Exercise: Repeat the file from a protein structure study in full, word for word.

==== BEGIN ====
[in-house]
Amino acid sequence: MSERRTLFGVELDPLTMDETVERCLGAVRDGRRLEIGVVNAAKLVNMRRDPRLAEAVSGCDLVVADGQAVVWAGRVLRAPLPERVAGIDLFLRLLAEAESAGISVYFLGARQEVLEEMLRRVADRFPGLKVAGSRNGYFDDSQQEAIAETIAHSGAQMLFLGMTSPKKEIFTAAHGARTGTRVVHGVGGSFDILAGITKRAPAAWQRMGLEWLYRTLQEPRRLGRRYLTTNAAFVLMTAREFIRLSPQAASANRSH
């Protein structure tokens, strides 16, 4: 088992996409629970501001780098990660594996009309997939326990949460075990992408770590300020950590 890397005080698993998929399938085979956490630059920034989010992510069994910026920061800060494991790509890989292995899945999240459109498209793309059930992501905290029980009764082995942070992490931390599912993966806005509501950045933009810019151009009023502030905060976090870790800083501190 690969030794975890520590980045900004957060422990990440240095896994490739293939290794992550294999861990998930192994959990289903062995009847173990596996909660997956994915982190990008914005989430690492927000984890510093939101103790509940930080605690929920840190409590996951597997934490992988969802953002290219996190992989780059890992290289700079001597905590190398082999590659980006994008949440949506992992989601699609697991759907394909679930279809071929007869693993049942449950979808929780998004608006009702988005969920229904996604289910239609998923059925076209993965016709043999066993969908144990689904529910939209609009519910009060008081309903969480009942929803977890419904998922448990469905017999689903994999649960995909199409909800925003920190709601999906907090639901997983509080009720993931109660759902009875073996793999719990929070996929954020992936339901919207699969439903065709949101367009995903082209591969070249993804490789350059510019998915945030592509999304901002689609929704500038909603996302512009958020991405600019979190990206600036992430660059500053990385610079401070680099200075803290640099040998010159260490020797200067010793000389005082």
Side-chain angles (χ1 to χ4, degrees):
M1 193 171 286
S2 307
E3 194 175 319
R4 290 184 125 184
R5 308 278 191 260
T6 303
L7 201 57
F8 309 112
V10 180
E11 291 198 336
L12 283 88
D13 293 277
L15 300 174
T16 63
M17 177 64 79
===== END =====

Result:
[in-house]
Amino acid sequence: MSERRTLFGVELDPLTMDETVERCLGAVRDGRRLEIGVVNAAKLVNMRRDPRLAEAVSGCDLVVADGQAVVWAGRVLRAPLPERVAGIDLFLRLLAEAESAGISVYFLGARQEVLEEMLRRVADRFPGLKVAGSRNGYFDDSQQEAIAETIAHSGAQMLFLGMTSPKKEIFTAAHGARTGTRVVHGVGGSFDILAGITKRAPAAWQRMGLEWLYRTLQEPRRLGRRYLTTNAAFVLMTAREFIRLSPQAASANRSH
């Protein structure tokens, strides 16, 4: 088992996409629970501001780098990660594996009309997939326990949460075990992408770590300020950590 890397005080698993998929399938085979956490630059920034989010992510069994910026920061800060494991790509890989292995899945999240459109498209793309059930992501905290029980009764082995942070992490931390599912993966806005509501950045933009810019151009009023502030905060976090870790800083501190 690969030794975890520590980045900004957060422990990440240095896994490739293939290794992550294999861990998930192994959990289903062995009847173990596996909660997956994915982190990008914005989430690492927000984890510093939101103790509940930080605690929920840190409590996951597997934490992988969802953002290219996190992989780059890992290289700079001597905590190398082999590659980006994008949440949506992992989601699609697991759907394909679930279809071929007869693993049942449950979808929780998004608006009702988005969920229904996604289910239609998923059925076209993965016709043999066993969908144990689904529910939209609009519910009060008081309903969480009942929803977890419904998922448990469905017999689903994999649960995909199409909800925003920190709601999906907090639901997983509080009720993931109660759902009875073996793999719990929070996929954020992936339901919207699969439903065709949101367009995903082209591969070249993804490789350059510019998915945030592509999304901002689609929704500038909603996302512009958020991405600019979190990206600036992430660059500053990385610079401070680099200075803290640099040998010159260490020797200067010793000389005082």
Side-chain angles (χ1 to χ4, degrees):
M1 193 171 286
S2 307
E3 194 175 319
R4 290 184 125 184
R5 308 278 191 260
T6 303
L7 201 57
F8 309 112
V10 180
E11 291 198 336
L12 283 88
D13 293 277
L15 300 174
T16 63
M17 177 64 79